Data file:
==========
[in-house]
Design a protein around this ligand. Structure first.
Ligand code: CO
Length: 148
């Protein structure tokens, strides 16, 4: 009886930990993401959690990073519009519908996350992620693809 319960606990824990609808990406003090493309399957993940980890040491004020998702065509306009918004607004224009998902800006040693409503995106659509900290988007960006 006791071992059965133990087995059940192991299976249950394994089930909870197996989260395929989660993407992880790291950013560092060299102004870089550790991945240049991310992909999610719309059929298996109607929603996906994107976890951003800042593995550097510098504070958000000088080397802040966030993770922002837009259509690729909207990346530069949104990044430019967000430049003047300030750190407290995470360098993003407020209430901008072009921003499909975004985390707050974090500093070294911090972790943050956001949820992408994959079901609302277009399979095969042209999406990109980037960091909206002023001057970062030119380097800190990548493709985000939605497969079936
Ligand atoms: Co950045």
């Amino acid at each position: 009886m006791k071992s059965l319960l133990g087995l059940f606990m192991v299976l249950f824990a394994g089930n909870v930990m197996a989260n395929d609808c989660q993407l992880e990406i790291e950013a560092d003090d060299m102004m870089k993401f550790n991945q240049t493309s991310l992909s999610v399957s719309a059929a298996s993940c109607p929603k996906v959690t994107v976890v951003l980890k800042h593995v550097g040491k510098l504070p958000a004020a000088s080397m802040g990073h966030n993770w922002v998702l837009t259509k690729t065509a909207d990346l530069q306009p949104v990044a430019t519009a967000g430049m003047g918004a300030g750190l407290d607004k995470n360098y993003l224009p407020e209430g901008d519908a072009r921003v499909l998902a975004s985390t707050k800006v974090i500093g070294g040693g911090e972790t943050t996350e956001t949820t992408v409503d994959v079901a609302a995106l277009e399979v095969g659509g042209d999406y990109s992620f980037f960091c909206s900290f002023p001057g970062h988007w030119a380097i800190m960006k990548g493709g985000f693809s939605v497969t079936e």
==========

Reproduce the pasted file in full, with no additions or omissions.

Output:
[in-house]
Design a protein around this ligand. Structure first.
Ligand code: CO
Length: 148
């Protein structure tokens, strides 16, 4: 009886930990993401959690990073519009519908996350992620693809 319960606990824990609808990406003090493309399957993940980890040491004020998702065509306009918004607004224009998902800006040693409503995106659509900290988007960006 006791071992059965133990087995059940192991299976249950394994089930909870197996989260395929989660993407992880790291950013560092060299102004870089550790991945240049991310992909999610719309059929298996109607929603996906994107976890951003800042593995550097510098504070958000000088080397802040966030993770922002837009259509690729909207990346530069949104990044430019967000430049003047300030750190407290995470360098993003407020209430901008072009921003499909975004985390707050974090500093070294911090972790943050956001949820992408994959079901609302277009399979095969042209999406990109980037960091909206002023001057970062030119380097800190990548493709985000939605497969079936
Ligand atoms: Co950045």
């Amino acid at each position: 009886m006791k071992s059965l319960l133990g087995l059940f606990m192991v299976l249950f824990a394994g089930n909870v930990m197996a989260n395929d609808c989660q993407l992880e990406i790291e950013a560092d003090d060299m102004m870089k993401f550790n991945q240049t493309s991310l992909s999610v399957s719309a059929a298996s993940c109607p929603k996906v959690t994107v976890v951003l980890k800042h593995v550097g040491k510098l504070p958000a004020a000088s080397m802040g990073h966030n993770w922002v998702l837009t259509k690729t065509a909207d990346l530069q306009p949104v990044a430019t519009a967000g430049m003047g918004a300030g750190l407290d607004k995470n360098y993003l224009p407020e209430g901008d519908a072009r921003v499909l998902a975004s985390t707050k800006v974090i500093g070294g040693g911090e972790t943050t996350e956001t949820t992408v409503d994959v079901a609302a995106l277009e399979v095969g659509g042209d999406y990109s992620f980037f960091c909206s900290f002023p001057g970062h988007w030119a380097i800190m960006k990548g493709g985000f693809s939605v497969t079936e």